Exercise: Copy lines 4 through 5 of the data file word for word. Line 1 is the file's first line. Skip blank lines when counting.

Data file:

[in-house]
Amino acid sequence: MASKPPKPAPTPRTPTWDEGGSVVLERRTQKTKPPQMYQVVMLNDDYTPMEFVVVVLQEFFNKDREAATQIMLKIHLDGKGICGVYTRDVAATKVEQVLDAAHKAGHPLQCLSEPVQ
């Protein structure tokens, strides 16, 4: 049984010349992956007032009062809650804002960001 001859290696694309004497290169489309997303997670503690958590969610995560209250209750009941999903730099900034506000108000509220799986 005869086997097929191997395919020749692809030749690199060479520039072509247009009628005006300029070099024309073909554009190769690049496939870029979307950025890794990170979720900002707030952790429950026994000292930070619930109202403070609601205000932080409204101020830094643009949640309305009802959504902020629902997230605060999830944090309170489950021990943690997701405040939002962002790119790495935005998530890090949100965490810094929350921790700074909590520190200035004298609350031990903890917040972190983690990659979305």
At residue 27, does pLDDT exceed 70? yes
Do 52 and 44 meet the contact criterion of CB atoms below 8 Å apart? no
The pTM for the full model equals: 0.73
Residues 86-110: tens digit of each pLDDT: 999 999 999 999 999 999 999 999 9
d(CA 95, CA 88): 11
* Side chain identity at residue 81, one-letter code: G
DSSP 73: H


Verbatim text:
At residue 27, does pLDDT exceed 70? yes
Do 52 and 44 meet the contact criterion of CB atoms below 8 Å apart? no